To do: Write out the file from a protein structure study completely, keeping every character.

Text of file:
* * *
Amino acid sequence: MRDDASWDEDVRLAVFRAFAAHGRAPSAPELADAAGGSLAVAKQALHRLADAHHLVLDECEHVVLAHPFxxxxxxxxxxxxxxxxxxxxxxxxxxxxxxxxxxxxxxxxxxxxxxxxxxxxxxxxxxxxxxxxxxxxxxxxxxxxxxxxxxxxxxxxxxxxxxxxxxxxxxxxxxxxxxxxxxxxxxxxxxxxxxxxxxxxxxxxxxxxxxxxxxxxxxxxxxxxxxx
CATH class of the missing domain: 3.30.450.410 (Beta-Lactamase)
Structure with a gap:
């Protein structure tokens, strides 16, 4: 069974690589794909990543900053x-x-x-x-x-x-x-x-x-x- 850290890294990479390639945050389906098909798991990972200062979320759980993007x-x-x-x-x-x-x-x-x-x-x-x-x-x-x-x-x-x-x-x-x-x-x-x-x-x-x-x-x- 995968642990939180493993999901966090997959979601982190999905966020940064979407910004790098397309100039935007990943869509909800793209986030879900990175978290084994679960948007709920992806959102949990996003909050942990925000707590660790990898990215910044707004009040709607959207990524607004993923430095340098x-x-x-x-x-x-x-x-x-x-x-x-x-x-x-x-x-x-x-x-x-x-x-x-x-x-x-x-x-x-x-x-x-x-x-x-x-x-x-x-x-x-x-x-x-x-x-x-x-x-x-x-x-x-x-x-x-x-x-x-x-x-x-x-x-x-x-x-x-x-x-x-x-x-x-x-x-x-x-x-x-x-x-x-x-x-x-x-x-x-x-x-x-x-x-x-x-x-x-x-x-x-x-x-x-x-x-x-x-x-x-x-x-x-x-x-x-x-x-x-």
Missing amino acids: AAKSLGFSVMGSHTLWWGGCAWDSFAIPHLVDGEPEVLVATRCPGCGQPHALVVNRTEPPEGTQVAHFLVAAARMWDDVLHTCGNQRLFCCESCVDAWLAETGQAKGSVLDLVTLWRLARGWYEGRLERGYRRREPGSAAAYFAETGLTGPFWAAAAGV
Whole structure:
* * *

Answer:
Amino acid sequence: MRDDASWDEDVRLAVFRAFAAHGRAPSAPELADAAGGSLAVAKQALHRLADAHHLVLDECEHVVLAHPFxxxxxxxxxxxxxxxxxxxxxxxxxxxxxxxxxxxxxxxxxxxxxxxxxxxxxxxxxxxxxxxxxxxxxxxxxxxxxxxxxxxxxxxxxxxxxxxxxxxxxxxxxxxxxxxxxxxxxxxxxxxxxxxxxxxxxxxxxxxxxxxxxxxxxxxxxxxxxxx
CATH class of the missing domain: 3.30.450.410 (Beta-Lactamase)
Structure with a gap:
């Protein structure tokens, strides 16, 4: 069974690589794909990543900053x-x-x-x-x-x-x-x-x-x- 850290890294990479390639945050389906098909798991990972200062979320759980993007x-x-x-x-x-x-x-x-x-x-x-x-x-x-x-x-x-x-x-x-x-x-x-x-x-x-x-x-x- 995968642990939180493993999901966090997959979601982190999905966020940064979407910004790098397309100039935007990943869509909800793209986030879900990175978290084994679960948007709920992806959102949990996003909050942990925000707590660790990898990215910044707004009040709607959207990524607004993923430095340098x-x-x-x-x-x-x-x-x-x-x-x-x-x-x-x-x-x-x-x-x-x-x-x-x-x-x-x-x-x-x-x-x-x-x-x-x-x-x-x-x-x-x-x-x-x-x-x-x-x-x-x-x-x-x-x-x-x-x-x-x-x-x-x-x-x-x-x-x-x-x-x-x-x-x-x-x-x-x-x-x-x-x-x-x-x-x-x-x-x-x-x-x-x-x-x-x-x-x-x-x-x-x-x-x-x-x-x-x-x-x-x-x-x-x-x-x-x-x-x-």
Missing amino acids: AAKSLGFSVMGSHTLWWGGCAWDSFAIPHLVDGEPEVLVATRCPGCGQPHALVVNRTEPPEGTQVAHFLVAAARMWDDVLHTCGNQRLFCCESCVDAWLAETGQAKGSVLDLVTLWRLARGWYEGRLERGYRRREPGSAAAYFAETGLTGPFWAAAAGV
Whole structure: